Not being able to complete the assigned work on time, civil works contractor China Gezhouba Water and Power (Group) Company has tried to shrug off the responsibility for the delay in the construction of the Chameliya Hydropower Project.
The government had signed the contract with Gezhouba in December 2006, and it started the main civil work in January 2007. Four months ago, the project’s completion date was pushed back four years due to Gezhouba’s poor performance.
The run-of-the-river project was originally scheduled to be completed in 2011. The deadline was postponed to August 2013 and then extended again to March 2015 due to sluggish work by the Chinese contractor.
Now, Gezhouba has asked the government not to involve it in the dispute that has emerged with the electromechanical and hydro-mechanical contractor.
In a letter sent to the Nepal Electricity Authority (NEA), Gezhouba said it should not be blamed for the differences that have occurred between the NEA and KHNP Consortium, the electromechanical and hydro-mechanical contractor. The 30-MW Chameliya project is located in Darchula district in Far West Nepal.
KHNP Consortium, a Korean joint venture company which was contracted to carry out electromechanical and hydro-mechanical work and build a transmission line for the project, has demanded US$ 8 million from the government as compensation for cost and time overruns. The company said that though it had brought all the necessary equipment to the project site and waited for almost two years to start work, it has not been able to do so.
The Korean firm could not start work as China Gezhouba failed to complete the civil work on time. For this reason, the Korean contractor, which was supposed to complete its job in 2011, got an automatic contract extension from the government
until the end of 2013. The company was awarded the Rs 3.8 billion ($48 million) contract in April 2009.
The Chinese contractor China Gezhouba, for its part, blamed the government for the delay which has prevented the Korean firm from proceeding with its part of the project. Chameliya’s Project Chief Rajendra Manandhar said the Chinese contractor had written that the delay was due to the NEA’s fault.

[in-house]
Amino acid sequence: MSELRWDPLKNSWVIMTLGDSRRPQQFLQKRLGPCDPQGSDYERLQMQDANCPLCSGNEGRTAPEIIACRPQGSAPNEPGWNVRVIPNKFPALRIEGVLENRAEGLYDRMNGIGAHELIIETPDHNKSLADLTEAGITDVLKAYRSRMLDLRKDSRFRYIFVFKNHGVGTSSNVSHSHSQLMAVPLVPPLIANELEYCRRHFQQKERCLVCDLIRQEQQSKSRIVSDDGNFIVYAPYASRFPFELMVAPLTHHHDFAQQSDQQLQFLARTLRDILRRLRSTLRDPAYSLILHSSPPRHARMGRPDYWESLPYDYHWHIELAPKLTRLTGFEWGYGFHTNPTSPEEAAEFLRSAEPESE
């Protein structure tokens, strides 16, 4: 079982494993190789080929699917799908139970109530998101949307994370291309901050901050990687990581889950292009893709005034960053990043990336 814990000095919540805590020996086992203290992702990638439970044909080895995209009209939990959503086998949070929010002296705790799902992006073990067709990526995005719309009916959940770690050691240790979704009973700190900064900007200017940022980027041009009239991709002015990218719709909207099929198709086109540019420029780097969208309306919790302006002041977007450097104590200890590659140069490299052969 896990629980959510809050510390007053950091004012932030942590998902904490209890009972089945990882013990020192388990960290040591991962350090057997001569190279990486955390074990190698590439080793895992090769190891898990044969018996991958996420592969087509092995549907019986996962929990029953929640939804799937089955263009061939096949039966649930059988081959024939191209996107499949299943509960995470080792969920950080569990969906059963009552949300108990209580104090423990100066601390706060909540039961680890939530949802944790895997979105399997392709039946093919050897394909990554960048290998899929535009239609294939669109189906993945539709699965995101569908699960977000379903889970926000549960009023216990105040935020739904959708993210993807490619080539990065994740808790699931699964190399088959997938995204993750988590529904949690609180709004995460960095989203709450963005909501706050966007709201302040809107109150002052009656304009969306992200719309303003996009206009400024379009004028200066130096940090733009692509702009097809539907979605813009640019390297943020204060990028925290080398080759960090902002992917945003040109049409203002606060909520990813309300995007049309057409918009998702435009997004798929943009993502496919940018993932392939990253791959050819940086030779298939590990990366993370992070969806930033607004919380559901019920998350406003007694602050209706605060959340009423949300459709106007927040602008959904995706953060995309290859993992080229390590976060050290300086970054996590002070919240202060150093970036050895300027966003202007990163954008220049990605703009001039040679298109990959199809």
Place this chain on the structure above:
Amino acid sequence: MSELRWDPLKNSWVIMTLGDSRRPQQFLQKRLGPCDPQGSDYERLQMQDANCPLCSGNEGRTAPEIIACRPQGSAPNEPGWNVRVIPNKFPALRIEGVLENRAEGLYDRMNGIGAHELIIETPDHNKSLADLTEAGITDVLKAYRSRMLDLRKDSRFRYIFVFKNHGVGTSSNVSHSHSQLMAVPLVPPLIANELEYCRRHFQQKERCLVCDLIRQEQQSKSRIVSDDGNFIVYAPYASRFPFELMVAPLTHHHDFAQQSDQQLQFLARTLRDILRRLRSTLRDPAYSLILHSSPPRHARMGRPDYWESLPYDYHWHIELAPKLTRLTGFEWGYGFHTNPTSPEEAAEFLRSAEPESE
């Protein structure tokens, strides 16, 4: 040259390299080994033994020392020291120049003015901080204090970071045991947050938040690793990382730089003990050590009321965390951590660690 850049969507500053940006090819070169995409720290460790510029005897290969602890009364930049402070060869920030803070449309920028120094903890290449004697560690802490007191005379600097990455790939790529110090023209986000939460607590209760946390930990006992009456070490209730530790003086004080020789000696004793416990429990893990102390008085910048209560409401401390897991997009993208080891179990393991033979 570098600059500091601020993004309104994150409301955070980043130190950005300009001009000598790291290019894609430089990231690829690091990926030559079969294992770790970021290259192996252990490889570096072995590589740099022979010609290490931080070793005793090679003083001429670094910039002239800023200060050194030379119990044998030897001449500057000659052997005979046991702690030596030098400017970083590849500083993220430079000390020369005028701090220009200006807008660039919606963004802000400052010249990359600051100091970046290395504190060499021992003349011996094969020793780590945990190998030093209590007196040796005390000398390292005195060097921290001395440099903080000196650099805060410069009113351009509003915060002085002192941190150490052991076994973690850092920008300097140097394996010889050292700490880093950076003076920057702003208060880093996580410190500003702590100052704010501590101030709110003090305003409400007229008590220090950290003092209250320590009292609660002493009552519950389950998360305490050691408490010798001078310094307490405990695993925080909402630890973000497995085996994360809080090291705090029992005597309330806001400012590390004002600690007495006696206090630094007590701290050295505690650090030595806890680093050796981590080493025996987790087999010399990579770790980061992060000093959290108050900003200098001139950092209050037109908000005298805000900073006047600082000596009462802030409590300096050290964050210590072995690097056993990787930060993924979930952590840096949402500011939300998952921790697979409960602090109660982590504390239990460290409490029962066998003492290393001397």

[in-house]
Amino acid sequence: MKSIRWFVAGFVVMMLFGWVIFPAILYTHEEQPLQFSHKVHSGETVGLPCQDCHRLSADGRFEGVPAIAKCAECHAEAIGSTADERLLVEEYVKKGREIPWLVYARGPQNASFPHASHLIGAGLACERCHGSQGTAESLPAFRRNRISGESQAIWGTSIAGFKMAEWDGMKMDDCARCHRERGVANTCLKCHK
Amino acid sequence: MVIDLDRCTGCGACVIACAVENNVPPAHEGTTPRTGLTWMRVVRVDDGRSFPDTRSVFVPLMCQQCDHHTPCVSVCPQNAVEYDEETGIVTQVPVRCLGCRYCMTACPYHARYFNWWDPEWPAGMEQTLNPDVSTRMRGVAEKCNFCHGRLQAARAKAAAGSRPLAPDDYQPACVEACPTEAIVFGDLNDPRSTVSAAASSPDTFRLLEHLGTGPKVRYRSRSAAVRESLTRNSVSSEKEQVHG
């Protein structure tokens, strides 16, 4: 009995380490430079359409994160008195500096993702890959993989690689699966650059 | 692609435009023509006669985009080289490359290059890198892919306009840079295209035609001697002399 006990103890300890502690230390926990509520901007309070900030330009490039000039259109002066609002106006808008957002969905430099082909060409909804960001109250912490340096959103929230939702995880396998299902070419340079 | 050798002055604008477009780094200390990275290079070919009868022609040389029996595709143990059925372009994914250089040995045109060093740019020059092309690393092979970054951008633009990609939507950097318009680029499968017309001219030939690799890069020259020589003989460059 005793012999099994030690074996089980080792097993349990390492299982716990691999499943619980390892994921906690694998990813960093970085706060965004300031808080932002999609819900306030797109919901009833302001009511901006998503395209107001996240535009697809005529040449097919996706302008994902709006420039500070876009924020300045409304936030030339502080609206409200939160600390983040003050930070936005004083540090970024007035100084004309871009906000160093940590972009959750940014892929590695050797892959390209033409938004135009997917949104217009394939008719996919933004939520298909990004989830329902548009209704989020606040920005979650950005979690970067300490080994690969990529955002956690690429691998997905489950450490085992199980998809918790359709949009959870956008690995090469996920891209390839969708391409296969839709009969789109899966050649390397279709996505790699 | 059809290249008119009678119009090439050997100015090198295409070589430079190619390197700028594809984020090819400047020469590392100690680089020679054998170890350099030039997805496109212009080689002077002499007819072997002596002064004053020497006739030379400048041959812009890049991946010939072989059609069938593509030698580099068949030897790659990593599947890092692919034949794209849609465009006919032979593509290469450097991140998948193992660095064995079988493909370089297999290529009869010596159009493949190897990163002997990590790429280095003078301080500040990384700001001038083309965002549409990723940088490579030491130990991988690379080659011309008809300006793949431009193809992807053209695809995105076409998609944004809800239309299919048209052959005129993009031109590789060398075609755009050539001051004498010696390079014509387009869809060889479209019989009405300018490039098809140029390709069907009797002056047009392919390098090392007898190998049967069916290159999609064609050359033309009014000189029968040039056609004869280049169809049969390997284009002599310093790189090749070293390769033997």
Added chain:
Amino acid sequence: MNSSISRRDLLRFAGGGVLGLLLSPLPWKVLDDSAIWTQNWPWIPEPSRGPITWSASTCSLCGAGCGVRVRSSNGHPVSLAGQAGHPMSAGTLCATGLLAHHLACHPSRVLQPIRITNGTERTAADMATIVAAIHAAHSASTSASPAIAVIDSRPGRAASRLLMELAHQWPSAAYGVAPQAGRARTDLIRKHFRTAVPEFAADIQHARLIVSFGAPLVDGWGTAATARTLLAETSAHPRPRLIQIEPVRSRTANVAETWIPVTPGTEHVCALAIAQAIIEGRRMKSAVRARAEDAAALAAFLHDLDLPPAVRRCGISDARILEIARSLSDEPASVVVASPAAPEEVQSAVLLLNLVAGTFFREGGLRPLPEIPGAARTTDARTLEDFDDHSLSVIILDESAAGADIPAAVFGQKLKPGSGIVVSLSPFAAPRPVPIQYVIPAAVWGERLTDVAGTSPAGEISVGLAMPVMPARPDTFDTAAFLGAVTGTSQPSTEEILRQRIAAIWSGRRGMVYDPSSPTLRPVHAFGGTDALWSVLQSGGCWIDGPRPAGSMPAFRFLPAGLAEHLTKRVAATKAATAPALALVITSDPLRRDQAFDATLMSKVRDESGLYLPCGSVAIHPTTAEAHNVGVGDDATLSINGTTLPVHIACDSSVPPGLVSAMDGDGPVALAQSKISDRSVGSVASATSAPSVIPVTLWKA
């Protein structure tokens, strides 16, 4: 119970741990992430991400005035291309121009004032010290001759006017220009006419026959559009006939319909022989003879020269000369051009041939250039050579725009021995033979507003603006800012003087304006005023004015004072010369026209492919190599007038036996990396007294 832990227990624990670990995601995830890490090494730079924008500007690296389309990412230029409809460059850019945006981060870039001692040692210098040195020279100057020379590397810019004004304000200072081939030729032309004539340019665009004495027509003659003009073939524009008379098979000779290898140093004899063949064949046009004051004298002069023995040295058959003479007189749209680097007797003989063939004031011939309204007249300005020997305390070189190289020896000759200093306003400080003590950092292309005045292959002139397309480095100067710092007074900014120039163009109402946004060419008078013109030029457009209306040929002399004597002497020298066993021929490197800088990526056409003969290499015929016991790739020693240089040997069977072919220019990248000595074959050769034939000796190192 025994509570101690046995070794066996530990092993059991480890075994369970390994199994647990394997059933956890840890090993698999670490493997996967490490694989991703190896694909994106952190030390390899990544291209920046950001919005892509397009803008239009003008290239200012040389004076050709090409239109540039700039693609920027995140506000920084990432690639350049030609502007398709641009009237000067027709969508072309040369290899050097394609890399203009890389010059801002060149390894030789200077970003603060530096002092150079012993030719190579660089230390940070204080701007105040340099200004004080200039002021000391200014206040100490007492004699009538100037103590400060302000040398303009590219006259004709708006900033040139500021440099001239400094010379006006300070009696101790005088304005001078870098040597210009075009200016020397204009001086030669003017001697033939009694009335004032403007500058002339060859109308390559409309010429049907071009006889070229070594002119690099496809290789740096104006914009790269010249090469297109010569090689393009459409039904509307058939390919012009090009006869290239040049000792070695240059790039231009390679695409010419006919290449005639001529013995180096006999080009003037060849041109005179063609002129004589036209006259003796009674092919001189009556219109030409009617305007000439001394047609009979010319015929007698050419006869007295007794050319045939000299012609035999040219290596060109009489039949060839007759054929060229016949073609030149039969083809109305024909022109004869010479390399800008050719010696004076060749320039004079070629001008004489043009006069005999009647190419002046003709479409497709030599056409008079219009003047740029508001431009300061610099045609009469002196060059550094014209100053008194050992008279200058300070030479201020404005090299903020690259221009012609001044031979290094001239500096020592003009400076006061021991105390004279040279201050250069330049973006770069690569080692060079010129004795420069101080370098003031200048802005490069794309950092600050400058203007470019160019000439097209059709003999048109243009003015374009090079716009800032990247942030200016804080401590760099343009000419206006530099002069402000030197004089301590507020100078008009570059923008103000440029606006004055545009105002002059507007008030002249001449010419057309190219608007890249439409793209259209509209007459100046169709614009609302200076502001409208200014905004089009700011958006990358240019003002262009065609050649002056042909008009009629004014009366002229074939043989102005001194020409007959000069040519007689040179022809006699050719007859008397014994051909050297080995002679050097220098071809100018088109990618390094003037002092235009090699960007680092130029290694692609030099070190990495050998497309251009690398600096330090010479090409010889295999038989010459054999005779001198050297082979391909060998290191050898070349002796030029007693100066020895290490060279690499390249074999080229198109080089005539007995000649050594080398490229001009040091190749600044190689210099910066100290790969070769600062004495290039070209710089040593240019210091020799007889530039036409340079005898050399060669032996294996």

“The contractor has stated reasons like adverse geological condition, delay in handing over of the project site, lack of access road, impediments created by locals and prolonged strikes and closures, among others, for the delay,” an NEA official said. “It has blamed the NEA for not addressing these issues on time which led to the delay in project’s construction.” The month-long banda called in May 2012 before the Constituent Assembly was dissolved also hampered work at the project, the contractor stated in its letter.
The official said that the Chinese firm expressed its concern over the issue following frequent news reports in the media which blamed Gezhouba for being at fault with regard to the NEA’s differences with the electromechanical and hydro-mechanical contractor. “It is an attempt to clarify its position by presenting itself as innocent and the NEA as guilty,” he said.
Before the project’s completion date was revised, a field study was conducted by the Economic Development and Cooperation Fund (EDCF), the South Korean aid agency that manages Exim Bank, which predicted that the project would miss its completion date. The EDCF also blamed the Chinese contractor’s poor performance for the delay stating that it was due to its “low priority, less profitability” attitude.
The total cost of the entire project is estimated at $ 99.9 million. The South Korean government under the Economic Development Cooperation Fund, a joint mechanism, extended $ 45 million in soft loans to Nepal to commission the project. Out of the total project cost of Rs 12.5 billion, Rs 8.6 billion has already been spent, according to the project.
Posted on: 2013-08-10 09:20